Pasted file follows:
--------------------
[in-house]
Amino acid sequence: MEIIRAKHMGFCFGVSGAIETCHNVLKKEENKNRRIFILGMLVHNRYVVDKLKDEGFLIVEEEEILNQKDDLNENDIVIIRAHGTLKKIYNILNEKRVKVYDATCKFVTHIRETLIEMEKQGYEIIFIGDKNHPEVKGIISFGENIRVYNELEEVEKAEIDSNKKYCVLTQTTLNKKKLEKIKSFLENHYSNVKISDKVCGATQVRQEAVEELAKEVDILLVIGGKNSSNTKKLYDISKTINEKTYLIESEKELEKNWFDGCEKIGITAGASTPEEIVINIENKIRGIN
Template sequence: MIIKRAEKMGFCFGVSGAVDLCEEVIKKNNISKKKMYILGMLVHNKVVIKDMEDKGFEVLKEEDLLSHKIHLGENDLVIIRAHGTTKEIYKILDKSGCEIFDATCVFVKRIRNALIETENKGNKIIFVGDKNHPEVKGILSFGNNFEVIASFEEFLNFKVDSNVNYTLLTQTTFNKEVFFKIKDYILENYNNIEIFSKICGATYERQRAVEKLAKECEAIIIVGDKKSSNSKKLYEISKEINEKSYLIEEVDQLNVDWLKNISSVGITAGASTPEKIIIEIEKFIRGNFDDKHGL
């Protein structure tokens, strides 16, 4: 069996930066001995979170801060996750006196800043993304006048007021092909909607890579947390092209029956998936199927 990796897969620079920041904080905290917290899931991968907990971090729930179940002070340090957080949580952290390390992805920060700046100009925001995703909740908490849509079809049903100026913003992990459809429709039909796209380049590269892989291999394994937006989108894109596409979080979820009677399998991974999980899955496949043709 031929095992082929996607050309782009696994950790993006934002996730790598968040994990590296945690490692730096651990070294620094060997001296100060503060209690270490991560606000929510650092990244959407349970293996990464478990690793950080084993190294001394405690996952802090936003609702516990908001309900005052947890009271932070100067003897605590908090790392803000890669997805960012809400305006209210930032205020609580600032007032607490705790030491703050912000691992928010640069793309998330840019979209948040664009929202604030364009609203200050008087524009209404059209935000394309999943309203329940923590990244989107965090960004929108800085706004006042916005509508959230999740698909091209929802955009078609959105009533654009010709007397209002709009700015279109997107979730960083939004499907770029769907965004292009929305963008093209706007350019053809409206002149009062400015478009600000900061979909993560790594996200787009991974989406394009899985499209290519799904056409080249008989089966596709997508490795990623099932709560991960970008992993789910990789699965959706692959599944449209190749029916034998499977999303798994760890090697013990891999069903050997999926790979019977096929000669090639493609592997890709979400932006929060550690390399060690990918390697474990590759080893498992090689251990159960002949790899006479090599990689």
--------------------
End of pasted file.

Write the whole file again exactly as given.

[in-house]
Amino acid sequence: MEIIRAKHMGFCFGVSGAIETCHNVLKKEENKNRRIFILGMLVHNRYVVDKLKDEGFLIVEEEEILNQKDDLNENDIVIIRAHGTLKKIYNILNEKRVKVYDATCKFVTHIRETLIEMEKQGYEIIFIGDKNHPEVKGIISFGENIRVYNELEEVEKAEIDSNKKYCVLTQTTLNKKKLEKIKSFLENHYSNVKISDKVCGATQVRQEAVEELAKEVDILLVIGGKNSSNTKKLYDISKTINEKTYLIESEKELEKNWFDGCEKIGITAGASTPEEIVINIENKIRGIN
Template sequence: MIIKRAEKMGFCFGVSGAVDLCEEVIKKNNISKKKMYILGMLVHNKVVIKDMEDKGFEVLKEEDLLSHKIHLGENDLVIIRAHGTTKEIYKILDKSGCEIFDATCVFVKRIRNALIETENKGNKIIFVGDKNHPEVKGILSFGNNFEVIASFEEFLNFKVDSNVNYTLLTQTTFNKEVFFKIKDYILENYNNIEIFSKICGATYERQRAVEKLAKECEAIIIVGDKKSSNSKKLYEISKEINEKSYLIEEVDQLNVDWLKNISSVGITAGASTPEKIIIEIEKFIRGNFDDKHGL
């Protein structure tokens, strides 16, 4: 069996930066001995979170801060996750006196800043993304006048007021092909909607890579947390092209029956998936199927 990796897969620079920041904080905290917290899931991968907990971090729930179940002070340090957080949580952290390390992805920060700046100009925001995703909740908490849509079809049903100026913003992990459809429709039909796209380049590269892989291999394994937006989108894109596409979080979820009677399998991974999980899955496949043709 031929095992082929996607050309782009696994950790993006934002996730790598968040994990590296945690490692730096651990070294620094060997001296100060503060209690270490991560606000929510650092990244959407349970293996990464478990690793950080084993190294001394405690996952802090936003609702516990908001309900005052947890009271932070100067003897605590908090790392803000890669997805960012809400305006209210930032205020609580600032007032607490705790030491703050912000691992928010640069793309998330840019979209948040664009929202604030364009609203200050008087524009209404059209935000394309999943309203329940923590990244989107965090960004929108800085706004006042916005509508959230999740698909091209929802955009078609959105009533654009010709007397209002709009700015279109997107979730960083939004499907770029769907965004292009929305963008093209706007350019053809409206002149009062400015478009600000900061979909993560790594996200787009991974989406394009899985499209290519799904056409080249008989089966596709997508490795990623099932709560991960970008992993789910990789699965959706692959599944449209190749029916034998499977999303798994760890090697013990891999069903050997999926790979019977096929000669090639493609592997890709979400932006929060550690390399060690990918390697474990590759080893498992090689251990159960002949790899006479090599990689």